The belief that a community’s earthly protector has a unique, authority-conferring relationship with the divine has existed in virtually all forms of one-person rule throughout human history. The concept of the “divine right of kings” was developed as a formal theory of legitimacy in the period following the Middle Ages in Europe. It states that God directly authorized the rule of a Christian monarch for life by creating him (or her) as the hereditary heir to the throne. This not only sanctifies and clarifies the often disruptive process of succession, but it also puts the monarch beyond human accountability and enjoins all believers to obey unhesitatingly, thereby ending the recurring instability in Europe caused by divided loyalties between the people’s political and spiritual leaders. It was initially propounded against rival claims of authority by feudal lords as much as the pope, thereby serving to strengthen the burgeoning nationalism of the fifteenth and sixteenth centuries. In the seventeenth century, the French bishop Jacques-Bénigne Bossuet (and various English theorists before him) argued for divine right in the face of emerging theories of legitimacy based on the consent of the ruled. In the midst of the reign of Louis XIV (the “Sun King”), France’s greatest exemplar and proponent of divine right, the Glorious Revolution of 1688 put the doctrine largely to rest in England, where it was replaced with a democratically based, limited constitutionalism that revolutionized the practice and acceptance of authority.
Whereas the implied infallibility of God’s deputy in the European model tended to have distinctly absolutist implications, the conditionality in the Chinese conception of a “Mandate of Heaven” served to preserve as well as destroy dynasties of various lengths after it was first formulated during the Zhou dynasty (1050–256 BCE). This Chinese variation of divine right is based on the idea that heaven protects human welfare by establishing rulers whose mandate is to be wise and just. If they fail in this, the mandate is passed on as evidenced by their physical overthrow. Originally an outgrowth of pagan ethics and cosmology, it was blended with Confucian principles and Buddhism in such a way as to emphasize the virtues of moderation and reserve on the Emperor’s part, rather than power and splendor. By the late sixth century, Buddhism, Confucianism, and other key elements of Chinese culture began to take hold in Japan. A century later, using terms such as “Mandate of Heaven,” Emperor Temmu and his consort and successor Jitô established the image of the emperor (Tenno ) as a descendant of the sun goddess Amaterasu and ruler of “all under heaven.” Since then, the Tenno has been seen as a bridge between heaven and earth, with duties to Heaven as well as to the people. To this distinction was soon added that of “Servant of the Buddha,” and the Tenno served in this leading religious role until the end of the nineteenth century. For much of Japanese history, the Tenno has served as the religious and cultural leader, lending official sanction to the policies and authority of a largely independent and better-armed political ruler. Throughout history, the prevalence of tenets comparable to divine right around the world suggests that the belief that worldly authority and divine providence coincide is more than simply a convenient premise for establishing authority, but instead speaks to a fundamental human longing.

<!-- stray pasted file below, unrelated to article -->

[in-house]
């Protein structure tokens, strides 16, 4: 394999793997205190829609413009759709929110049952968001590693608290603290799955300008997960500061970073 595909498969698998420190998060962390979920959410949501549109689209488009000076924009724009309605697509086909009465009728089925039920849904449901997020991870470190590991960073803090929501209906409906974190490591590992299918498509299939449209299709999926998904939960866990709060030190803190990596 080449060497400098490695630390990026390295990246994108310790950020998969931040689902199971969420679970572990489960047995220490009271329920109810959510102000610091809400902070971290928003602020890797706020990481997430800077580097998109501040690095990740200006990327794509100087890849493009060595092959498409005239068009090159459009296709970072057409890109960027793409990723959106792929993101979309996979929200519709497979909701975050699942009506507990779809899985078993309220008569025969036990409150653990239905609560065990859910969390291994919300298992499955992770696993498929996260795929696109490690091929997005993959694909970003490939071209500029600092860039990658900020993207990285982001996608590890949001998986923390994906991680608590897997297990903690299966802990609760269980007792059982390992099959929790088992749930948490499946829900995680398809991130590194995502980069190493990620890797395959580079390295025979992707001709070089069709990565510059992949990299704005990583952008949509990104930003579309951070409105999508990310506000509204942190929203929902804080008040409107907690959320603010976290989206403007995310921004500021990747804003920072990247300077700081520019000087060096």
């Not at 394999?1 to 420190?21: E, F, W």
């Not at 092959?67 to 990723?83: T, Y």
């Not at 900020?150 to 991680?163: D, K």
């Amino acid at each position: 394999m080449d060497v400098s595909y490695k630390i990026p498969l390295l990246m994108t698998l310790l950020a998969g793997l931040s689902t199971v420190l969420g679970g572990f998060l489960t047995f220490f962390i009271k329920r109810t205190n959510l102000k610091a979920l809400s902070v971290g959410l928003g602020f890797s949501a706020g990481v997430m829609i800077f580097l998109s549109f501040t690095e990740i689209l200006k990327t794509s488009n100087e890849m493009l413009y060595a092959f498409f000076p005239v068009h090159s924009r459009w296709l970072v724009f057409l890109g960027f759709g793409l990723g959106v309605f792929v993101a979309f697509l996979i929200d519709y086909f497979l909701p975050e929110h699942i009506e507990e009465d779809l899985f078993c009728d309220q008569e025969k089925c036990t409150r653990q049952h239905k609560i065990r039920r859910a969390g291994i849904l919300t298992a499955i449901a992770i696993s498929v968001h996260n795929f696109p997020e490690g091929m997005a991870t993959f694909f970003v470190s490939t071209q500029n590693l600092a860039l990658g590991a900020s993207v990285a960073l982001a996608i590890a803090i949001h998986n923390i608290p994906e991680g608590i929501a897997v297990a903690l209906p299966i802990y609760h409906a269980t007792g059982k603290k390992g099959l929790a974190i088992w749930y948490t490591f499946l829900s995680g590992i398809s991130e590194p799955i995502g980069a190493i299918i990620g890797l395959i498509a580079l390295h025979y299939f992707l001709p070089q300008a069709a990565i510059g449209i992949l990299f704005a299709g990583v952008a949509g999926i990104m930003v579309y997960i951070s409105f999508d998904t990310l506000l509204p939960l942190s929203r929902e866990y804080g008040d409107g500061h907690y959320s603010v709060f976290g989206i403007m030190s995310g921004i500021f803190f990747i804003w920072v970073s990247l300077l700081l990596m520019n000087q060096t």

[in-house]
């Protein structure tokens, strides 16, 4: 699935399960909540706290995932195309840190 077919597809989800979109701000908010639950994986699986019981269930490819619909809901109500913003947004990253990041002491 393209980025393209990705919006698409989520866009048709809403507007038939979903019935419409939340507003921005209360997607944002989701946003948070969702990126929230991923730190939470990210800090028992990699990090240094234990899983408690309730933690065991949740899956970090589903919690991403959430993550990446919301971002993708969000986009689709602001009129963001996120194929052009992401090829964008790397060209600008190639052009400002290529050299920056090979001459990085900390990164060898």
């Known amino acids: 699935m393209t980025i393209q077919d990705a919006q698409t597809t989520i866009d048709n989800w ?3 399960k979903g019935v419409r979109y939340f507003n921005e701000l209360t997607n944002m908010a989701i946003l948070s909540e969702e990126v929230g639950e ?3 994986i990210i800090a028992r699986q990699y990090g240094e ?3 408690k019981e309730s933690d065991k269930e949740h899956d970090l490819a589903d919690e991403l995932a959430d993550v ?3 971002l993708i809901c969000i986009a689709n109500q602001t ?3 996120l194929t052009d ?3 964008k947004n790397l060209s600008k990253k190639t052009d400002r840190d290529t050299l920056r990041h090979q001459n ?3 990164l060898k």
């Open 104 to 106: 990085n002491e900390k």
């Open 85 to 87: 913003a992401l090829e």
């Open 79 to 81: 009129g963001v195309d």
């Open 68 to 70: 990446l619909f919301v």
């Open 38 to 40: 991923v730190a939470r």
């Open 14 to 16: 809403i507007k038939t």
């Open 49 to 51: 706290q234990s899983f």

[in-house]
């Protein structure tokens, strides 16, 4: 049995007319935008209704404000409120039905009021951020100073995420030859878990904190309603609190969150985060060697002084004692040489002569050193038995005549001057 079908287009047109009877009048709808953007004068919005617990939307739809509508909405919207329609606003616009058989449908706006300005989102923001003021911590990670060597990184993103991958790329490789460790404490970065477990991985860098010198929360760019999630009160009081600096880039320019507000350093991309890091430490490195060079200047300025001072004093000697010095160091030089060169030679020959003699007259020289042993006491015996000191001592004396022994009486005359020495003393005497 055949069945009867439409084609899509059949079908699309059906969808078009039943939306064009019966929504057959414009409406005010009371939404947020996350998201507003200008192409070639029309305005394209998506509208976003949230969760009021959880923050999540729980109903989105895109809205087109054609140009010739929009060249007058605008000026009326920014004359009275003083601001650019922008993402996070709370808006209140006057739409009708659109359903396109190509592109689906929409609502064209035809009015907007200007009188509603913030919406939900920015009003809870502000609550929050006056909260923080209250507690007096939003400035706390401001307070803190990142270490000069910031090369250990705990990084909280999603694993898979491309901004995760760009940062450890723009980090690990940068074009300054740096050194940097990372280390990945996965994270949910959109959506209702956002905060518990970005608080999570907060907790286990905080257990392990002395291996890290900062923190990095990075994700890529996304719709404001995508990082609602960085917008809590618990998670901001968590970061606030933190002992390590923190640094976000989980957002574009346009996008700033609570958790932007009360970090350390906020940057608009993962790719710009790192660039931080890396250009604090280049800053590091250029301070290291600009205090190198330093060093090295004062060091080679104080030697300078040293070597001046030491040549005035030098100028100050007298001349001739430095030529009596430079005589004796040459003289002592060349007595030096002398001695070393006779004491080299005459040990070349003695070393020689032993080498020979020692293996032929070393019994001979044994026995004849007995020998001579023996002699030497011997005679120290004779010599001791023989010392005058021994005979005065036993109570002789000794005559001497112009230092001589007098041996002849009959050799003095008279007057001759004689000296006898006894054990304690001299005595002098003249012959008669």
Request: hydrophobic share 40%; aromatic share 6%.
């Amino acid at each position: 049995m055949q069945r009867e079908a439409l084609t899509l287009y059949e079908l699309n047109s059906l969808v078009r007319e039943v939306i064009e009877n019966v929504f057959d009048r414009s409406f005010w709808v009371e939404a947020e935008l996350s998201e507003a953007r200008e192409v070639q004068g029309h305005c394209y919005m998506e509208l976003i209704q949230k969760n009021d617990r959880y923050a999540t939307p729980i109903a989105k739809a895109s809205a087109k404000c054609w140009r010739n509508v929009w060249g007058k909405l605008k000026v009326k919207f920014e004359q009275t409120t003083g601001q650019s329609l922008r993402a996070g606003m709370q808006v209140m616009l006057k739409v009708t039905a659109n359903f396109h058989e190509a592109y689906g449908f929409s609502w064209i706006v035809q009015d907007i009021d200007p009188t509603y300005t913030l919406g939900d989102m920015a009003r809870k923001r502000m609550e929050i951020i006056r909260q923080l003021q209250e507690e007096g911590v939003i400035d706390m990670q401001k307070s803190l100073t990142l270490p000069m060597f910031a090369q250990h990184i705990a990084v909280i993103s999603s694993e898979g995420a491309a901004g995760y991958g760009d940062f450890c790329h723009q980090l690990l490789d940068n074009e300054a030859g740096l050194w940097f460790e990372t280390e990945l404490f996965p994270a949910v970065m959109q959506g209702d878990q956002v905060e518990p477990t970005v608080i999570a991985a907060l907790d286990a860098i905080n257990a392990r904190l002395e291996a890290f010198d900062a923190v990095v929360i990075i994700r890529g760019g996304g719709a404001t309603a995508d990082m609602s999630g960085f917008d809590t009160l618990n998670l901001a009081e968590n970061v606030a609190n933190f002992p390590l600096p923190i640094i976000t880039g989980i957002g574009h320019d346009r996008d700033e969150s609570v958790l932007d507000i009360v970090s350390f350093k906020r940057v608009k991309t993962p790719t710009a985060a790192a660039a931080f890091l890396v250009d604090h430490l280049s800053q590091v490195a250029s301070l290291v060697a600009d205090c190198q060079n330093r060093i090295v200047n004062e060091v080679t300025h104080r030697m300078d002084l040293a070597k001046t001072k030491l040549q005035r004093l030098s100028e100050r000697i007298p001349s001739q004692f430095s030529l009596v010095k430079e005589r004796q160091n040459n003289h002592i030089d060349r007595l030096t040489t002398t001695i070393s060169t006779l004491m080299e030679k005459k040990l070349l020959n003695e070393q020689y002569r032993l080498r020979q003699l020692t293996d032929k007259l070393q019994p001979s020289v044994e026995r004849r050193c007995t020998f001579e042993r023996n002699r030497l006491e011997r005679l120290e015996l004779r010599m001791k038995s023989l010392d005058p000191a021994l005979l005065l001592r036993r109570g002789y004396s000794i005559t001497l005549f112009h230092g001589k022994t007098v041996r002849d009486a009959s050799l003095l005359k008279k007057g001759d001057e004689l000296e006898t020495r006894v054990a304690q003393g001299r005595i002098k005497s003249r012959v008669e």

SEE ALSO Monarchy
Figgis, John Neville. 1914. The Divine Right of Kings, 2nd ed. Cambridge, U.K.: Cambridge University Press
Loewe, Michael. 1966. Imperial China. New York: Praeger.
Piggott, Joan R. 1997. The Emergence of Japanese Kingship. Stanford, CA: Stanford University Press.
William J. G. Bewick